Circling around the rogue Justice League with righteous determination, the combined forces of the Blackfire’s Tamaranean warriors and Rapture’s zealot crusaders threaten to reduce our heroes to bloody pulps. Azrael summons every ounce of faith he has to address the bloodthirsty multitude in a desperate bid to prevent more bloodshed. With the utterance of his first syllable, peace begins to wash over the ten thousand warriors, soothing them like the gentle sound of an ocean breeze. Slowly, their weapons begin to lower as each warrior kneels before the former assassin until only one enemy remains: Blackfire. The Tamaranean Queen trembles from head to toe as she uses every last ounce of strength to combat this mental assault and falls to one knee.
“I don’t know why I bowed! H-His words seemed to make sense… but I had no choice!”
With great artwork and a focus on wonderfully crafted character interactions, it is clear that Justice League Odyssey is finally beginning to hit its stride. A great deal of the fun in reading a team book, especially those teams where members possess conflicting ideologies, is watching the drama unfold between the members. This drama is largely the focus of Justice Odyssey #9 as we witness the fallout from the discovery of Azrael’s new abilities.
Picking up immediately from the end of issue #8, Justice League Odyssey #9 twists one of my favorite moments from the previous issue into something truly horrifying. Azrael is able to halt the advances of the enemy soldiers simply with his words. In the review of the prior issue, I stated that it was awesome to see the hero stop the conflict by using his voice. Originally, I felt that this was more true to their heroic nature, as heroes would want to end the battle with minimal bloodshed.
However, Abnett’s twist on this newfound ability is much less heroic than I originally perceived and Justice League Odyssey is much better off for it. At the end of the battle, Blackfire reveals that Azrael’s voice took away her ability to choose as he commanded her to be calm. Instead of having the ability to use articulate words to convince his enemies to stop their attack, he is essentially taking away their free will and forcing them to do as he says. It is in these panels that Daniel Sampere’s pencils with Jan Albarran’s inks and Ivan Placencia’s colors truly sell the horrific impact of this moment.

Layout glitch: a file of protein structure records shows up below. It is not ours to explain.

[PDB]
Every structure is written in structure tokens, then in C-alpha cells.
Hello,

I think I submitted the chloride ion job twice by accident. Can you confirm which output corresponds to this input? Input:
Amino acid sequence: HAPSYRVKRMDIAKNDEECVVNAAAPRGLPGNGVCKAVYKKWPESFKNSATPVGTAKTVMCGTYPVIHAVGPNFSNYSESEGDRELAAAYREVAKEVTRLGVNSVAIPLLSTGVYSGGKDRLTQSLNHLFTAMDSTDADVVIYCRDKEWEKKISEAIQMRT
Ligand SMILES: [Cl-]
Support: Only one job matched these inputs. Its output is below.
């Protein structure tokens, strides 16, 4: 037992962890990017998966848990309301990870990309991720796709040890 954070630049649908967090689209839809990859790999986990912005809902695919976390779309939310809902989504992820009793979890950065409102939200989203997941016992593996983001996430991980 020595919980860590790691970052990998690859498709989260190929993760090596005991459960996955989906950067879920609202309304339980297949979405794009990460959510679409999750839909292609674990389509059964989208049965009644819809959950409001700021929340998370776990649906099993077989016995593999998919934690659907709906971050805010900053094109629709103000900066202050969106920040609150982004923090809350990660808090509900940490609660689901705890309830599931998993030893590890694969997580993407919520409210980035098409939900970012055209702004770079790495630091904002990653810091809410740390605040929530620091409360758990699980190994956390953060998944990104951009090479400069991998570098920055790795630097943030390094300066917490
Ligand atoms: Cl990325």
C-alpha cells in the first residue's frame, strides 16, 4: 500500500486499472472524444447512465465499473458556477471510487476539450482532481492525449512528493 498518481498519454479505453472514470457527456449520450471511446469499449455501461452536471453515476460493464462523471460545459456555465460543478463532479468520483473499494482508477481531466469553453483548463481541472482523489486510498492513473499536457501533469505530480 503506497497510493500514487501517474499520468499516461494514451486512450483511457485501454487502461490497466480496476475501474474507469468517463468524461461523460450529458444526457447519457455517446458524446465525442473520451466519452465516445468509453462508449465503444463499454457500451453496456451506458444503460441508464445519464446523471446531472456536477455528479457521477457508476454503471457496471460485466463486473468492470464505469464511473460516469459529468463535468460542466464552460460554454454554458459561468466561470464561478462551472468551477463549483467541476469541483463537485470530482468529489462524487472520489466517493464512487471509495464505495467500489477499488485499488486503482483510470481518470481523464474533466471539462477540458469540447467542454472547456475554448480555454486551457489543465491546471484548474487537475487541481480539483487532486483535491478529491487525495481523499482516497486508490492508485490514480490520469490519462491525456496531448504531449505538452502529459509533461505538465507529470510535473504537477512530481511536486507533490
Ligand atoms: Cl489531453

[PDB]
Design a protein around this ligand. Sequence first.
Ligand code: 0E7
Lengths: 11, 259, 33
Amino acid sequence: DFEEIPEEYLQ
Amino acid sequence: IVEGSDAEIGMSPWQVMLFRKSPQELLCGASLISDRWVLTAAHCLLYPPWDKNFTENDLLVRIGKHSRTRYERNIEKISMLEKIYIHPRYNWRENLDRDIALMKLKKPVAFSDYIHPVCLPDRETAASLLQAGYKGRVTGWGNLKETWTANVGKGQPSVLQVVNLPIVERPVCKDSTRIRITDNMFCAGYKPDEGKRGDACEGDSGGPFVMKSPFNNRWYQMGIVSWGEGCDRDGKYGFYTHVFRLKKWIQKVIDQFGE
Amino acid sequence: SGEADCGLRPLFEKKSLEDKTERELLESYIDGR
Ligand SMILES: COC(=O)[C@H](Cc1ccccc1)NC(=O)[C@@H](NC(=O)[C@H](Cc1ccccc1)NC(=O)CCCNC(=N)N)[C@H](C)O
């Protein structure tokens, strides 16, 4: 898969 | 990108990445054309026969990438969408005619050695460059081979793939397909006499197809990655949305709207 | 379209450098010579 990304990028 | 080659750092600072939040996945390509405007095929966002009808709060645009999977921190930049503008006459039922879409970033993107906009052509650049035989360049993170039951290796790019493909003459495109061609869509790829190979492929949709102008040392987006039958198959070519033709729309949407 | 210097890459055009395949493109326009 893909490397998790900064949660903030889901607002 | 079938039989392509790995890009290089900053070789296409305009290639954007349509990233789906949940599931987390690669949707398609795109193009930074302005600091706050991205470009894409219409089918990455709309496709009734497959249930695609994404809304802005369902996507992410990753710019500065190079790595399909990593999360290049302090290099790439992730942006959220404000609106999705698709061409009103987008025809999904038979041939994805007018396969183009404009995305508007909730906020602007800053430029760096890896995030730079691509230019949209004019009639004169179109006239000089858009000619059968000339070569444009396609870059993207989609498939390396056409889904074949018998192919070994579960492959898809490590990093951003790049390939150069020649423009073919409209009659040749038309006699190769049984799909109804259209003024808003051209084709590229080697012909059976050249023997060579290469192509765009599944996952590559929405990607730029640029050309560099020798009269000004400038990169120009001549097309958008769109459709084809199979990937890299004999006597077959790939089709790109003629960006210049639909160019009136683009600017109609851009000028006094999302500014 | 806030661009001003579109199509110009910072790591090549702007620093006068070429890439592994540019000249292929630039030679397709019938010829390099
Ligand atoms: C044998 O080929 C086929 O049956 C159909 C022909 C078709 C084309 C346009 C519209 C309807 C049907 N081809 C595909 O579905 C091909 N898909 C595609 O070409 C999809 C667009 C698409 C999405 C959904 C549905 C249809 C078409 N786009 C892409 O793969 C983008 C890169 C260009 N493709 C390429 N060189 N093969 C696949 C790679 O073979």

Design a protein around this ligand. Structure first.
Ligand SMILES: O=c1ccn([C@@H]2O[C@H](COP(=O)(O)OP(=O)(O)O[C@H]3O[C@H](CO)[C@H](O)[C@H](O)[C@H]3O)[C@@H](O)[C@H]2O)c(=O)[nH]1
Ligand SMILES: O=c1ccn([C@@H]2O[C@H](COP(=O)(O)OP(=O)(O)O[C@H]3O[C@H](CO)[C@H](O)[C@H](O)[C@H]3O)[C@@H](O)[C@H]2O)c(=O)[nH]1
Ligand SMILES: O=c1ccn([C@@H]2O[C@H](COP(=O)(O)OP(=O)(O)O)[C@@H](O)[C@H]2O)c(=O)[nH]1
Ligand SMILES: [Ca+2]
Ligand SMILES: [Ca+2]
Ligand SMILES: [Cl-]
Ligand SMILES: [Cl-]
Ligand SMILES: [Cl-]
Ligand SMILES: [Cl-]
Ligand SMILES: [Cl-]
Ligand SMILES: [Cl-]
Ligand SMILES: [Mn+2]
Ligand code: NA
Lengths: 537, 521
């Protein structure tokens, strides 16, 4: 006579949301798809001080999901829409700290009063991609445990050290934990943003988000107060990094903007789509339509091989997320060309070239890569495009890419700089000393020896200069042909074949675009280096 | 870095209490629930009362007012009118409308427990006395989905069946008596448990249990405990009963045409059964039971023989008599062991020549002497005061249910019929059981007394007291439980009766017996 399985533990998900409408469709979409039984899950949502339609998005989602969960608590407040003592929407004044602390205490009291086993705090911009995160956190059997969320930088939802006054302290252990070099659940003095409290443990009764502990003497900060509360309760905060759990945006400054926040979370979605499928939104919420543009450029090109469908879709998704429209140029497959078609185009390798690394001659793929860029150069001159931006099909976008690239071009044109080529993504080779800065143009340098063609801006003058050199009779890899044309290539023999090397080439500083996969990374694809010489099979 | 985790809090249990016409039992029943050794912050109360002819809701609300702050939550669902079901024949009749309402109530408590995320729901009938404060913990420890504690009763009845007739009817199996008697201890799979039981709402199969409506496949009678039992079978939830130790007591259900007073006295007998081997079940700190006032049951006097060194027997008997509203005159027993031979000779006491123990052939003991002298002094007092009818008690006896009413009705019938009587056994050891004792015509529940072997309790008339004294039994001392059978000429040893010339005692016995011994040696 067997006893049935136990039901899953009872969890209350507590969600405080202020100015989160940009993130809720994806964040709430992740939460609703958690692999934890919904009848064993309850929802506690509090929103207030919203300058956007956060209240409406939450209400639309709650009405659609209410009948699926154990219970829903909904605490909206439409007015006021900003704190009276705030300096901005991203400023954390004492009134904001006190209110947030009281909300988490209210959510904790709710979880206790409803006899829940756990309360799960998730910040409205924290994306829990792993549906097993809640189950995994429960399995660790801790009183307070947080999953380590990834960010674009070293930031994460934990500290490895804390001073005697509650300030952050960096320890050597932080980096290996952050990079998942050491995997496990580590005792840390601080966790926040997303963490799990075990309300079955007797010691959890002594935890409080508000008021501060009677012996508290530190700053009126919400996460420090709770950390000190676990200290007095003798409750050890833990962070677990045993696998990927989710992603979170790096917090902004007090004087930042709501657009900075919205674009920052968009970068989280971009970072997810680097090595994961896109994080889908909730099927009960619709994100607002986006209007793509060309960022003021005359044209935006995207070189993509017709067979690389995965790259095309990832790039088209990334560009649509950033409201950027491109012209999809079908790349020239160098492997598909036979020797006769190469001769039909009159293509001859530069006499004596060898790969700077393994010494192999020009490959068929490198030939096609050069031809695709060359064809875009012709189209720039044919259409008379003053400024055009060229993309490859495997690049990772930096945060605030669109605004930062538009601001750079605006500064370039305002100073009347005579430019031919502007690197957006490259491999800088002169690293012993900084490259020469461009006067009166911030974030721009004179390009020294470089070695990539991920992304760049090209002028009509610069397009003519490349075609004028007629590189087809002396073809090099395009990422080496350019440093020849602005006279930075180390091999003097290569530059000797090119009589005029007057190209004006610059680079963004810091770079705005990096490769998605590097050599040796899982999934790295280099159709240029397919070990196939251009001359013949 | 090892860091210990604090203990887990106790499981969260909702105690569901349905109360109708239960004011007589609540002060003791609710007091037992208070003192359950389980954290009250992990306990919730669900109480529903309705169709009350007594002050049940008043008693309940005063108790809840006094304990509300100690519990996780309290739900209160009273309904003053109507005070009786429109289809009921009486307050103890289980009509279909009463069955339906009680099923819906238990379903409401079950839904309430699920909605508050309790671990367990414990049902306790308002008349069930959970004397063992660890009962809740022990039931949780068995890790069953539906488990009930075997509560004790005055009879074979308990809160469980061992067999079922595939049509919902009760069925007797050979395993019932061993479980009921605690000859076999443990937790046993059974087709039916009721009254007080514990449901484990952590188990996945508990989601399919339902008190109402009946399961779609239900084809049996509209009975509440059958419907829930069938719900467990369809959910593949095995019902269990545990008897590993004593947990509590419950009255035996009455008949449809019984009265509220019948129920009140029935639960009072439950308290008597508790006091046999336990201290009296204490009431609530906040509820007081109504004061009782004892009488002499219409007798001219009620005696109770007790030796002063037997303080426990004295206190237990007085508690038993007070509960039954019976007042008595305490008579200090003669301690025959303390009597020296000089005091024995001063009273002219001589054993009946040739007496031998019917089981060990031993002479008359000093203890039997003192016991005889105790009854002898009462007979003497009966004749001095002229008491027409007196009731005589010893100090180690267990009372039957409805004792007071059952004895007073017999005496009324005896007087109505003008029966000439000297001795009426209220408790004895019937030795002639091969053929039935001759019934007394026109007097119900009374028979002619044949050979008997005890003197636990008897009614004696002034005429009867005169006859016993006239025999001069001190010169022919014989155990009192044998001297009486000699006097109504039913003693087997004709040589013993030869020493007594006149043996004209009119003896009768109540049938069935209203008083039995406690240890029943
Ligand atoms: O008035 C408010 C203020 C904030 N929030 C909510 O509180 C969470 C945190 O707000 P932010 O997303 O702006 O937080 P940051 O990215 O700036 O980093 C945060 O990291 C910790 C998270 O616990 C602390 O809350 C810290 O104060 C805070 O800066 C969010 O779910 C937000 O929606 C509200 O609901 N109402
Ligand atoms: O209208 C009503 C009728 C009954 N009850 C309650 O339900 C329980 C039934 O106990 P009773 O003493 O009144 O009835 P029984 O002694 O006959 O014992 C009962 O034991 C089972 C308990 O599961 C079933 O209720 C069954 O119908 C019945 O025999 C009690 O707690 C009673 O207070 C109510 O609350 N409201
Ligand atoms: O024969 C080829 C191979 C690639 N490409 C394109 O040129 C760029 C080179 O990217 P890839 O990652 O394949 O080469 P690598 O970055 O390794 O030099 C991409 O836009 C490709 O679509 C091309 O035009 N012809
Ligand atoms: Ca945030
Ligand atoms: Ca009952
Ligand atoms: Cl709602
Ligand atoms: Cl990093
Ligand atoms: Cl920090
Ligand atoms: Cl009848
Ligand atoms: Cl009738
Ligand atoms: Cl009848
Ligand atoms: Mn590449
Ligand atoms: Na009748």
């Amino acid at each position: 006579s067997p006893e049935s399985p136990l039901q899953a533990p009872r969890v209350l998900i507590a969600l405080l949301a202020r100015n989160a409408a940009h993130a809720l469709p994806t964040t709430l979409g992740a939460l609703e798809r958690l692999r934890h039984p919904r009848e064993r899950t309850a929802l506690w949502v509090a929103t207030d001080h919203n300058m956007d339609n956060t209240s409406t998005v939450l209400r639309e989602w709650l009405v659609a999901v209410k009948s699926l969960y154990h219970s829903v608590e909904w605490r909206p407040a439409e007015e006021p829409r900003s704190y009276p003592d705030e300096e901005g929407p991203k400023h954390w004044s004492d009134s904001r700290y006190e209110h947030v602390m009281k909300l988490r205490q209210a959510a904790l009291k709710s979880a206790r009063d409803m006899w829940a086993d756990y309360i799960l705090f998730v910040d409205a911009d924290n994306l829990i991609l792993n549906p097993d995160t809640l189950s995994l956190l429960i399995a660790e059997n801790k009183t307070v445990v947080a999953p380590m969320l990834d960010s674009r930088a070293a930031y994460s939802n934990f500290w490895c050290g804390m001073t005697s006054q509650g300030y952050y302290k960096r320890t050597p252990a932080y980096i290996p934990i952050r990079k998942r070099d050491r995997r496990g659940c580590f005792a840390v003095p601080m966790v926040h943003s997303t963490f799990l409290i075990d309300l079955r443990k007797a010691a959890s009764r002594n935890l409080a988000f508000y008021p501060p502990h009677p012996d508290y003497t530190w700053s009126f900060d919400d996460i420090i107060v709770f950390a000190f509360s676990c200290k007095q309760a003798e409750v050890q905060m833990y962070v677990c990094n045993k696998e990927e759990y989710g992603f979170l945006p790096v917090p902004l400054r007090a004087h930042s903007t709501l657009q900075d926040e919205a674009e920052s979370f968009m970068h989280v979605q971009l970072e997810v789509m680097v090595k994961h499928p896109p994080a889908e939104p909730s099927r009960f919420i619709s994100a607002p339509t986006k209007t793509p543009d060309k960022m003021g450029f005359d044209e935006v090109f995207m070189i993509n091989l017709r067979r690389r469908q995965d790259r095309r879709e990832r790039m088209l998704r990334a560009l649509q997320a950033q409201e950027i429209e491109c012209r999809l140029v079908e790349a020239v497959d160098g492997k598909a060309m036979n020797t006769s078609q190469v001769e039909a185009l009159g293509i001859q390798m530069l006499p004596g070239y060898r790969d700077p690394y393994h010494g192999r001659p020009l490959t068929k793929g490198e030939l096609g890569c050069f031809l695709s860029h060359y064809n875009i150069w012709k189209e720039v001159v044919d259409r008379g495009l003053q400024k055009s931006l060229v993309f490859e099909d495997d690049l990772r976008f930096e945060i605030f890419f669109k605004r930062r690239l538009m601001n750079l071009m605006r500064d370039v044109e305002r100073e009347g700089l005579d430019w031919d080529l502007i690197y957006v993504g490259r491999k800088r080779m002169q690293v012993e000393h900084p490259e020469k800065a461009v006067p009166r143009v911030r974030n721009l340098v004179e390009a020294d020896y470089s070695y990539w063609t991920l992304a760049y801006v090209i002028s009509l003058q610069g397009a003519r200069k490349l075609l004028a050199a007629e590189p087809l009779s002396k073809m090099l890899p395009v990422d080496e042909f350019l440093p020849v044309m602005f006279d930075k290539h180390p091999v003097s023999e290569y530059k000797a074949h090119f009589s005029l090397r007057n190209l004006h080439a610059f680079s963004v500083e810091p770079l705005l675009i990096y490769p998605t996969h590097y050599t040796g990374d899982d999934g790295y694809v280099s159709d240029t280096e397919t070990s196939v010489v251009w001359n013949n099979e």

As Blackfire weeps to her sister that she “had no choice,” you get a sense that Azrael’s new powers have violated an ethical code. Normally our heroes are seen beating their enemies into submission with their fists. Sampere’s pencils expertly convey the horror Blackfire is feeling after the loss of her free will. Witnessing her weeping to her sister is uncomfortable, as it should be. This doesn’t feel like a heroic victory and, to be honest, this is exactly what you can expect from powers that were given to you from villainous Darkseid’s Other Box.
Moreover, Azrael’s newfound faith in himself and power set, results in a change of dialogue that lands somewhere between a fear inducing “fire and brimstone” Sunday morning sermon and the Marvel Cinematic Universe’s Ebony Maw cultist speech. Although the words that Azrael uses seem positive as he preaches about peace, the cadence to his words add to the feeling that something isn’t right with the hero. He never reaches the cultist speech of the MCU’s villain, but you get the feeling that this wouldn’t be too far of a stretch.
Ultimately, this twist in Azrael’s powers makes his role with Darkseid’s master plan instantly more interesting. I am intrigued to see how this nefarious new power will take the character into darker territory as Azrael continues to work with his newfound teammates.
“I despise Darkseid. I do. But he chose us. And with all life on the line, can we afford not to work with him?”
Azrael isn’t the only character that receives an upgrade, as Cyborg merges with the next relic and is able to summon limited boom tubes that can take the team to each of the other relics. Upon his return, it is disconcerting just how much it feels as though these old gods have drank of Darkseid’s Kool-Aid. Similarly, their plan to betray Darkseid after obtaining all of the relics, as he has done in the past, does not strike me as a very heroic plan. There is something that is obviously off with each of these characters. Thankfully, Jessica Cruz largely serves as the reader’s voice as we witness these characters go down this dark path. The team is headed toward a clash of ideologies and I am excited to witness the fallout.
With excellent character work and artwork that allows the readers to empathize with the characters, Justice League Odyssey #9 is easily the best issue of the series thus far. As we witness the heroes gleefully going down the dark path to helping Darkseid, it is hard to wait to read the fallout of their actions. Will Jessica Cruz be able to talk some sense into her teammates or will she have to stop them with the last of her Green Lantern might?